Archive | January, 2017

Philip Glass

Philip Glass at 80

Tomorrow marks the 80th birthday of American composer Philip Glass. In celebration, conductor Dennis Russell Davies will lead the Bruckner Orchestra Linz in a world premiere performance of Glass’ Symphony No. 11 at Carnegie Hall. Along with Steve Reich, Terry Riley, and La Monte Young, Philip Glass was a leading voice in the American minimalist movement which emerged in the […]

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In this photo provided by La Scala theatre press office Thursday, May 5, 2005, Russian conductor Semyon Bychkov is shown in a undated filer. Bychkov will direct Richard Strauss' opera "Elektra",  scheduled to go on stage at the Milan Arcimboldi theater, Saturday, May 7, 2005. (AP Photo/Thomas Kost/La Scala)

Semyon Bychkov on “The Tchaikovsky Project”

This weekend, Russian conductor Semyon Bychkov leads the New York Philharmonic in a festival called Beloved Friend: Tchaikovsky and His World. It’s a small piece of The Tchaikovsky Project, which includes a cycle of recordings, released on the Decca label, featuring Bychkov and the Czech Philharmonic. In a recent interview, Bychkov talked about the project with Richmond Public Radio’s Mike Goldberg. […]

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Remembering Estonian Choral Composer Veljo Tormis

The prolific Estonian composer Veljo Tormis passed away last Saturday. He was 86. Tormis’ music, deeply rooted in the ancient Estonian folk tradition, includes more than 500, mostly a cappella, choral compositions. His music played a role in the revolutionary movement for Estonian independence from the Soviet Union. (The documentary, The Singing Revolution, chronicles the spontaneous, overnight, mass […]

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CHOPIN

A Flash of Operatic Drama in Chopin’s Second Concerto

There’s a strange flash of operatic drama in the middle of the otherwise dreamy second movement of Frédéric Chopin’s Piano Concerto No. 2. It’s a moment which caught my attention recently, while I was playing this piece in the orchestra. Chopin, the Polish virtuoso pianist and Romanticist, isn’t a composer we often associate with opera. But, while living […]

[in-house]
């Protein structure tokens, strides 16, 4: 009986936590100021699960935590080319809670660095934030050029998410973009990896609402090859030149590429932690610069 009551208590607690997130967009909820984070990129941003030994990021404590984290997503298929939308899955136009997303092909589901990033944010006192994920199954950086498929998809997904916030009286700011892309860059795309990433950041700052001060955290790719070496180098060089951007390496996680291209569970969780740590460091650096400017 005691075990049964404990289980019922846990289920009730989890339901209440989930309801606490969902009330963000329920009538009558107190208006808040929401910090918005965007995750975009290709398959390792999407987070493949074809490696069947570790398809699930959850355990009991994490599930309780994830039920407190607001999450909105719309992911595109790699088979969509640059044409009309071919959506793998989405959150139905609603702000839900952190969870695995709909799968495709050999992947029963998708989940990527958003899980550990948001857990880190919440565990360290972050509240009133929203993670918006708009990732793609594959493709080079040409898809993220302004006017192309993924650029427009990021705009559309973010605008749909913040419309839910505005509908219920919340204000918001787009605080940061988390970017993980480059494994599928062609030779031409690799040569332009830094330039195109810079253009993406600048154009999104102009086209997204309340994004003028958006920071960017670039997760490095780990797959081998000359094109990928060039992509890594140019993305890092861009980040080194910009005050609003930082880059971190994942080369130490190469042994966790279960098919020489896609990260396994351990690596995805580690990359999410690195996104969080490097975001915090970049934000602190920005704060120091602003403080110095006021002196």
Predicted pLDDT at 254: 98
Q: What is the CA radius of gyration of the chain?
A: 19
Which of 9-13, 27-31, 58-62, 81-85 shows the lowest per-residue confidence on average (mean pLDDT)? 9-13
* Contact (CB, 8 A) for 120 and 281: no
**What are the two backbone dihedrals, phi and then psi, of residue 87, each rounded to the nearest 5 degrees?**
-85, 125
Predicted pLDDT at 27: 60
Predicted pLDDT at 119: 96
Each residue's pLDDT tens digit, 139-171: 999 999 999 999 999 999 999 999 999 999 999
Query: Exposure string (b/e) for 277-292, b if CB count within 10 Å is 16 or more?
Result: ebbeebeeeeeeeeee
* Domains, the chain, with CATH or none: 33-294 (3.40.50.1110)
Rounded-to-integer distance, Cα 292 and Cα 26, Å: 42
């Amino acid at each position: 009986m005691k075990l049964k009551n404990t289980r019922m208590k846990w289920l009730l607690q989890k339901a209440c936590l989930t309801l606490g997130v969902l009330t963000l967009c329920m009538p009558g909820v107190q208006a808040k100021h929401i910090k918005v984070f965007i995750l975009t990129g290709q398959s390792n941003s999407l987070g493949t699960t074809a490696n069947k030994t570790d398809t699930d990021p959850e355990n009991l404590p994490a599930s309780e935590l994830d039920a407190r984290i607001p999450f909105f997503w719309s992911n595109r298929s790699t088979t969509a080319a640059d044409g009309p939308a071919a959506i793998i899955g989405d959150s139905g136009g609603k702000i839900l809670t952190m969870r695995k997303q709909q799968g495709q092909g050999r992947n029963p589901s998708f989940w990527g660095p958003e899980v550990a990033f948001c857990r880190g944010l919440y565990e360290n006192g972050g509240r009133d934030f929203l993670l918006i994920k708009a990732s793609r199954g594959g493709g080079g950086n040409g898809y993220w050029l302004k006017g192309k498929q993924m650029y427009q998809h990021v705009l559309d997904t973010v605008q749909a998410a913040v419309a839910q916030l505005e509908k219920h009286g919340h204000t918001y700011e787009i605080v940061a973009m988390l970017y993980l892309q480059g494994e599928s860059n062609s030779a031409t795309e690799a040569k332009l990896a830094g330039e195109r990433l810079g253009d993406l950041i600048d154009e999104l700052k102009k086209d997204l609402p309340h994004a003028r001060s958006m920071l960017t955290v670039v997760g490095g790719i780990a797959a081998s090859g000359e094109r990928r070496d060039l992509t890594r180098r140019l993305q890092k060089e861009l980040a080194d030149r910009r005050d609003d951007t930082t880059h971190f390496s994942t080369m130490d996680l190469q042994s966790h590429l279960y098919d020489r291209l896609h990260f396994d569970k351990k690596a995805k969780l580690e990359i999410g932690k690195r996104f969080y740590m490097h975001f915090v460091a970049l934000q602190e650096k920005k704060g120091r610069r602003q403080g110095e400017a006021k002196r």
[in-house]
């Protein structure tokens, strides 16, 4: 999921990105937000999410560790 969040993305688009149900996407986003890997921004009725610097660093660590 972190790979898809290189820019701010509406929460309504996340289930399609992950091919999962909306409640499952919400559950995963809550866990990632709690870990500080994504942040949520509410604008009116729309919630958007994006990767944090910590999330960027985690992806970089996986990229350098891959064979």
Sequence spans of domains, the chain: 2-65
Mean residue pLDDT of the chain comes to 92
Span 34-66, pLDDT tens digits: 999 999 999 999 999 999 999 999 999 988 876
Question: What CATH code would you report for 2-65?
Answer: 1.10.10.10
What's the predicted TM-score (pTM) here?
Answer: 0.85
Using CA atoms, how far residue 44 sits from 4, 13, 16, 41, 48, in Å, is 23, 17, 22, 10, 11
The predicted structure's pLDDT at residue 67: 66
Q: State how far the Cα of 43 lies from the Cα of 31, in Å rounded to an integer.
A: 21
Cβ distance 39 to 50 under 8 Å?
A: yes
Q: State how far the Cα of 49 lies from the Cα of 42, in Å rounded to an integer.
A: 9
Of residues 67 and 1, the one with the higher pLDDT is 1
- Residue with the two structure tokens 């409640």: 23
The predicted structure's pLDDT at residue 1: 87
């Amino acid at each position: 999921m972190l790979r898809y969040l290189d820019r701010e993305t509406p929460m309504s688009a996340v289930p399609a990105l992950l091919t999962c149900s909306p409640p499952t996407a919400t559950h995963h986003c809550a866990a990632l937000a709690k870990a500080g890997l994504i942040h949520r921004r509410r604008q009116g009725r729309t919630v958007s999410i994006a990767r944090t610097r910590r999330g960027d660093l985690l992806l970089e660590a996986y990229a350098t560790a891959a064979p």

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Hamburg_Elbphilharmonie_2016

Hamburg’s New Elbphilharmonie: “Here Time Becomes Space”

Here time becomes space. This enigmatic line from Wagner’s Parsifal suggests the transcendent nature of the 1882 work, which dramatizes a twelfth-century knight’s quest for the Holy Grail. Parsifal goes beyond opera, transporting us into a mystical new realm. Foremost, it’s an experience. Appropriately, this line became the theme for last week’s inaugural concerts of Hamburg’s spectacular, new Elbphilharmonie- the […]

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Schoenberg

Adam Schoenberg’s “Bounce”: Radiohead Meets Copland

This has to be some of the most playfully exuberant and joyful music ever written. American composer Adam Schoenberg (b. 1980) wrote Bounce in 2013, after learning that he was about to become a father. In an interview, Schoenberg explained, The very first word that came to mind, both for the baby and the commission, was ‘bounce.’ […]

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Hallelujah, Baby!

“Hallelujah, Baby!”: African-American Civil Rights on Broadway in 1967

In celebration of Martin Luther King Jr. Day, here are two excerpts from Hallelujah, Baby!, a 1967 Broadway musical which has been described as “a chronicle of the struggle for equality during the [first half of the] 20th century.” The plot of Hallelujah Baby! centers around Georgina, a talented, young African-American woman who is determined to develop a career in show […]

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cesar-franck-1

Grande Pièce Symphonique: Franck’s Symphony for Solo Organ

On Monday we listened to César Franck’s Symphony in D Minor, a piece in which the orchestra turns into a living, breathing pipe organ. Now, let’s finish the week with Franck’s Grande Pièce Symphonique, which can be described as a symphony for solo organ. When this piece was completed in 1863, Franck had just been appointed organist at Paris’ Sainte-Clothilde […]

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FILE - In this March 2, 2015 file photo, opera singer Renee Fleming performs at "An Evening of SeriousFun Celebrating the Legacy of Paul Newman", hosted by the SeriousFun Children's Network at Avery Fisher Hall in New York. Fleming's new recording out Friday, Jan. 6, 2017, "Distant Light," features a work by Samuel Barber along with pieces by Swedish composer Anders Hillborg and _ surprisingly _ Bjork. (Photo by Evan Agostini/Invision/AP, File)

New Release: Renee Fleming’s “Distant Light” Blends Barber and Björk

Soprano Renee Fleming’s latest album, Distant Light, was released last Friday on the Decca Classics label. Recorded with the Royal Stockholm Philharmonic Orchestra in the acoustically opulent Konserthuset, Distant Light features a hauntingly atmospheric assortment of twentieth century Scandinavian music. The exception is the opening track: Samuel Barber’s dreamy, nostalgic Knoxville: Summer of 1915, written in 1947. (If you find yourself […]

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Franck's Organ

Franck’s Symphony in D Minor: Music of a Solitary Dreamer

Franck went through this life as a dreamer, seeing little or nothing of that which passed about him, thinking only of his art and living only for it. True artists are subject to this kind of hypnotism – the inveterate workers, who find the recompense of their labors in the accomplished fact, and incomparable joy […]

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The Listeners' Club

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